The road to UNFCCC COP 18 and beyond - Energy and Climate Change Contents

5  2°C Target and Current Ambition

51. The voluntary commitments from many nations under the Copenhagen and Cancun processes still leave a trajectory that would probably result in a 3-4 °C rise in the global average temperature by 2100[64], so these commitments are clearly insufficient to meet the objective of a maximum 2 °C rise. Nevertheless, they should be welcomed as a significant step forward and they represent voluntary agreements from different nations, who might not have otherwise participated as strongly.[65]

52. The EU's 20% reduction target (based on 1990 levels) by 2020 is no longer either ambitious or challenging: the effects of the recession mean that a reduction of emissions of only six percentage points[66] between 2010 and 2020 on top of what has been achieved to date will be sufficient to meet this target.[67] WWF-UK explained how an informal "coalition for high ambition" had emerged at COP 17 in Durban, consisting of over 120 nations from the least developed countries, small island states, and the EU.[68] It claimed that the main threat to this "new and fragile" coalition was the "lack of credibility in the level of climate action in the UK and EU."[69]

53. Prof. Jouni Paavola of the University of Leeds told us that increasing the EU's ambition level to 30% made good economic sense in the current world of high energy prices.[70] Sir David King added that the context of individual EU member states reliance on imported oil and gas was a major factor in both emissions performance and their current financial difficulties, but that this point did not seem to be appreciated by policy makers:

"the Italian economy is in deficit by €38 billion per annum at the moment, roughly. Of that, since they were not in deficit, since they were in balance in the year 2000, the increased cost of imported oil to Italy is €34 billion. Most of the current deficit in Italy is due to the cost of imported oil at US$100+ [per barrel].".[71]

54. Europe's influence over, and potential leadership of, future international negotiations would be greatly increased if its own economy was decarbonised more rapidly. It should therefore set a target of a 30% reduction on 1990 levels by 2020. This would be a win in the long term economic and environmental interests of the UK and the EU. We recommend that the Government argues strongly for this at the European level.

55. The IPCC is to assess whether the scientific evidence points to a 1.5 °C rather than 2 °C rise in global average temperatures. The 2 °C target is ultimately a political agreement, and even this will be difficult enough to implement though important in setting a framework and providing something to aim for, and to set emissions reductions pledges against. A 1.5 °C target, which some observers already consider to be unachievable, is unlikely to provide any more leverage at negotiations. However, it needs to be acknowledged that for some countries, such as low lying states, 2 °C may well be "the end of the world" and as such it is politically impossible for them to subscribe to a 2 °C target.[72] It is important to note that the 2 °C target itself represents a judgement about the balance of threat and probability. It does not, according to scientific evidence, guarantee that dangerous and irreversible climate change will be avoided. At the same time exceeding the 2 °C level will not inevitably cause dangerous and irreversible climate change.[73]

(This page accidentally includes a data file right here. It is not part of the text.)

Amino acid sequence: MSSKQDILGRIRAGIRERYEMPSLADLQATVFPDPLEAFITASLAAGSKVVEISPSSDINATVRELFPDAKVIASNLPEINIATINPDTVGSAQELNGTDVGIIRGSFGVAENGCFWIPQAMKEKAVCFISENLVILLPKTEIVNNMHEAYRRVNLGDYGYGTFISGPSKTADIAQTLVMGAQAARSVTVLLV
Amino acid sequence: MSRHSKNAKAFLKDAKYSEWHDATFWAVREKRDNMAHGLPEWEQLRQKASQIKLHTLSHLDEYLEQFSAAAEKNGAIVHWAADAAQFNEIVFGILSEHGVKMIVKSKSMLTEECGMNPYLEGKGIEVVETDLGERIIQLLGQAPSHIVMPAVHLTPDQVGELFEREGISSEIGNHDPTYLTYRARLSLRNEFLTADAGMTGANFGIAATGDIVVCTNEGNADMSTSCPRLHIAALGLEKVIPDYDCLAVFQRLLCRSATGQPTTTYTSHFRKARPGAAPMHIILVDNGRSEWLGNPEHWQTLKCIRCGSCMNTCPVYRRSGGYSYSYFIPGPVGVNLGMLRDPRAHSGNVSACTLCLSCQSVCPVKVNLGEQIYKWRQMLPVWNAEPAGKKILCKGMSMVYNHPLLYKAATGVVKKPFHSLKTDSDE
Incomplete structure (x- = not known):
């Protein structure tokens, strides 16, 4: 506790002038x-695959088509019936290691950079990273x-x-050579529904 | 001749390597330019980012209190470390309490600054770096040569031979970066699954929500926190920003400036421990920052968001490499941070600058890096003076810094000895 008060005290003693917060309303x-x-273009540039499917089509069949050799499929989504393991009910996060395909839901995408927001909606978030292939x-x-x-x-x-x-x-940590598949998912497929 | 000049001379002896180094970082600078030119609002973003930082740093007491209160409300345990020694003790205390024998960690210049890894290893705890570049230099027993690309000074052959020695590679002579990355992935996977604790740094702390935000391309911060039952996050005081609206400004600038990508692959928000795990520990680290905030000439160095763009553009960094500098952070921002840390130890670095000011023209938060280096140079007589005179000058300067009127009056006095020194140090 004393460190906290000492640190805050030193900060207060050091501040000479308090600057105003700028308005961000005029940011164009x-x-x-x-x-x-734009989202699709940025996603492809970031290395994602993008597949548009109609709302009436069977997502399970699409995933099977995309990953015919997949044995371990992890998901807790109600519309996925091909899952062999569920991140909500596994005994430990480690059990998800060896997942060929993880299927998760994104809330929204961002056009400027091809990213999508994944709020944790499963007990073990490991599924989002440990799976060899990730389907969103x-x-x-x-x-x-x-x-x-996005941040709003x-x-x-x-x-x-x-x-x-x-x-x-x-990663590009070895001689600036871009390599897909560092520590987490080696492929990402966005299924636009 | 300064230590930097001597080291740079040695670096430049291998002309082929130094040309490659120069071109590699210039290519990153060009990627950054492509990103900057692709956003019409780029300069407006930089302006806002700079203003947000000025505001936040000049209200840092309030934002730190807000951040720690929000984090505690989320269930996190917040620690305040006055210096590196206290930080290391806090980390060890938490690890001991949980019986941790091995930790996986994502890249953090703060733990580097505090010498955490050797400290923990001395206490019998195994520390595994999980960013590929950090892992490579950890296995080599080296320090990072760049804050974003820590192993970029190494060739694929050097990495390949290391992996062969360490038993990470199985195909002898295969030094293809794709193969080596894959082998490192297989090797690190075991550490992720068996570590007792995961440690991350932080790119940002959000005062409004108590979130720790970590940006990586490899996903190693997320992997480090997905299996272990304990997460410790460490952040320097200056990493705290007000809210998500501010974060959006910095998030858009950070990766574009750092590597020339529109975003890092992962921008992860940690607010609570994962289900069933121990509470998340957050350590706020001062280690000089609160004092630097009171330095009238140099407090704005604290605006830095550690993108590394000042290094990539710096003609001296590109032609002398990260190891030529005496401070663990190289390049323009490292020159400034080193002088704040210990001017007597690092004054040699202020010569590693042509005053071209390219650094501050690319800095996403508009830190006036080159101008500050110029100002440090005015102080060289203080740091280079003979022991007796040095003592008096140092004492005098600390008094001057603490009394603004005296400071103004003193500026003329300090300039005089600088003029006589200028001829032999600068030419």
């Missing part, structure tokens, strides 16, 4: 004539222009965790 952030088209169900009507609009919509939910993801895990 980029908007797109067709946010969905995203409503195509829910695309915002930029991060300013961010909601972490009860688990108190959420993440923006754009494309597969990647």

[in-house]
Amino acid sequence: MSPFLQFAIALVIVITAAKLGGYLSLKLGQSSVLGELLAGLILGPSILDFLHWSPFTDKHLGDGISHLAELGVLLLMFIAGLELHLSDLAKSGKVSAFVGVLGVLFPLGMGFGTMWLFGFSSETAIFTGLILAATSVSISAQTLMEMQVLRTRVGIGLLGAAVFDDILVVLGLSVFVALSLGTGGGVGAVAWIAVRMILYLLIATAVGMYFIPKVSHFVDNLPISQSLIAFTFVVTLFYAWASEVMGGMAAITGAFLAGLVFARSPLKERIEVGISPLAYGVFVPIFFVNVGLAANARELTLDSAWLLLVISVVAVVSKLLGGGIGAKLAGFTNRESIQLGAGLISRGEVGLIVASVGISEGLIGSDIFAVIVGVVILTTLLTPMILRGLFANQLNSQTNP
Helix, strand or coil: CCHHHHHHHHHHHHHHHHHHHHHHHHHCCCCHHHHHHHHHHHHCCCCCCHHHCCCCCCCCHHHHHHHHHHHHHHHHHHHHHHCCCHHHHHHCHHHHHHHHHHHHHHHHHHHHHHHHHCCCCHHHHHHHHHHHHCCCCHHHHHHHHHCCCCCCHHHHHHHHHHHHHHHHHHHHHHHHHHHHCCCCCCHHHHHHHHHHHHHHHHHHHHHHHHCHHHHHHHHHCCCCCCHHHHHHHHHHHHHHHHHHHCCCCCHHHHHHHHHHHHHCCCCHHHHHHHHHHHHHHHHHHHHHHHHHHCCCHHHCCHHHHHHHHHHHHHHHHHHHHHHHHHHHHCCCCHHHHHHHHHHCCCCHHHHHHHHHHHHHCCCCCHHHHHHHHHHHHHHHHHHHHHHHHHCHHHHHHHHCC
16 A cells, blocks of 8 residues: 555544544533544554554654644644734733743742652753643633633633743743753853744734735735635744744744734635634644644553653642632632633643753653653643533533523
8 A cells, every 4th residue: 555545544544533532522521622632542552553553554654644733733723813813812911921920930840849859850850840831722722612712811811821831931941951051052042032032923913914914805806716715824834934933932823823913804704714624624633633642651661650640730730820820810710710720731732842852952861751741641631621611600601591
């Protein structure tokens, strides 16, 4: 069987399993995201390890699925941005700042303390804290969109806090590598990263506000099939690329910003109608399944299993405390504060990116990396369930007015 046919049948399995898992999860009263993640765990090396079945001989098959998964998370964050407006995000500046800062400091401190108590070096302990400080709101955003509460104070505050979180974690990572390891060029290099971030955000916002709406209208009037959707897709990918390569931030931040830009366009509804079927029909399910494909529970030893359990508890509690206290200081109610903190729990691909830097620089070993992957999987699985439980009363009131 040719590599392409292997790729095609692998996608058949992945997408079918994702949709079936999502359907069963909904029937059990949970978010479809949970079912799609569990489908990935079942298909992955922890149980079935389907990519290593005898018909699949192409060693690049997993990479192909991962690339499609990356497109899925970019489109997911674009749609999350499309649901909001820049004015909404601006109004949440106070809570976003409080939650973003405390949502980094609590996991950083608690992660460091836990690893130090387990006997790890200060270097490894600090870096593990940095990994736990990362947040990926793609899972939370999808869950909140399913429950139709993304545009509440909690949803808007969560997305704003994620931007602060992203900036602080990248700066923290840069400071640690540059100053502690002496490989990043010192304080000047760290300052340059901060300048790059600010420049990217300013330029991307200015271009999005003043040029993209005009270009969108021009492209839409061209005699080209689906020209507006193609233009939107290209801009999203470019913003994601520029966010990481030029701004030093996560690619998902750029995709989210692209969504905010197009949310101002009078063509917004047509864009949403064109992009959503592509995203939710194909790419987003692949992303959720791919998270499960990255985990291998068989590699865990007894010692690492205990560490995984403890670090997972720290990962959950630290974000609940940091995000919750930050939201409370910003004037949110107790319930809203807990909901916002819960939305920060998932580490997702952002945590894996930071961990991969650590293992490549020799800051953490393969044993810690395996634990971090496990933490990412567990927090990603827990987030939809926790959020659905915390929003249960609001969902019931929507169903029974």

56. WWF-UK argued that global emissions must have an early peak (by 2015) and decline steeply thereafter to keep the temperature rises to the agreed level and avoid the need for "extremely steep emission reduction rates and aggressive mitigation measures afterwards".[74] DECC believes that "it is not possible to make definitive statements on compatibility of emission reduction commitments and eventual global warming".[75] They agreed, however, that the current pledges were "not consistent" with an emissions trajectory that will keep warming below 2°C.[76]

57. In fact, there is no precisely defined time by which global emissions have to have peaked in order to keep temperatures to the agreed level, they just have to peak as early as possible. Prof. Jacobs summarised it as: "Earlier is better, but later is better than much later".[77] The longer it is until emissions peak, however, the faster they will have to reduce after that peak, and the more difficult and costly it will be to make that reduction.[78]

64   Sir David King, International climate change negotiations: key lessons and next steps, Chapter 3, p 14 Back

65   Q 89 Back

66   European Commission, Analysis of options beyond 20% GHG emission reductions: Member state results, February 2012, p 5  Back

67   Q 6 Back

68   Ev 74 Back

69   Ev 75 Back

70   Q 132 Back

71   Q 92 Back

72   Q 142 Back

73   Q 132 [Dr. Robert Falkner] Back

74   Ev 77 Back

75   Ev 60 Back

76   Ev 61 Back

77   Q 137 Back

78   Q 135 Back

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© Parliamentary copyright 2012
Prepared 25 July 2012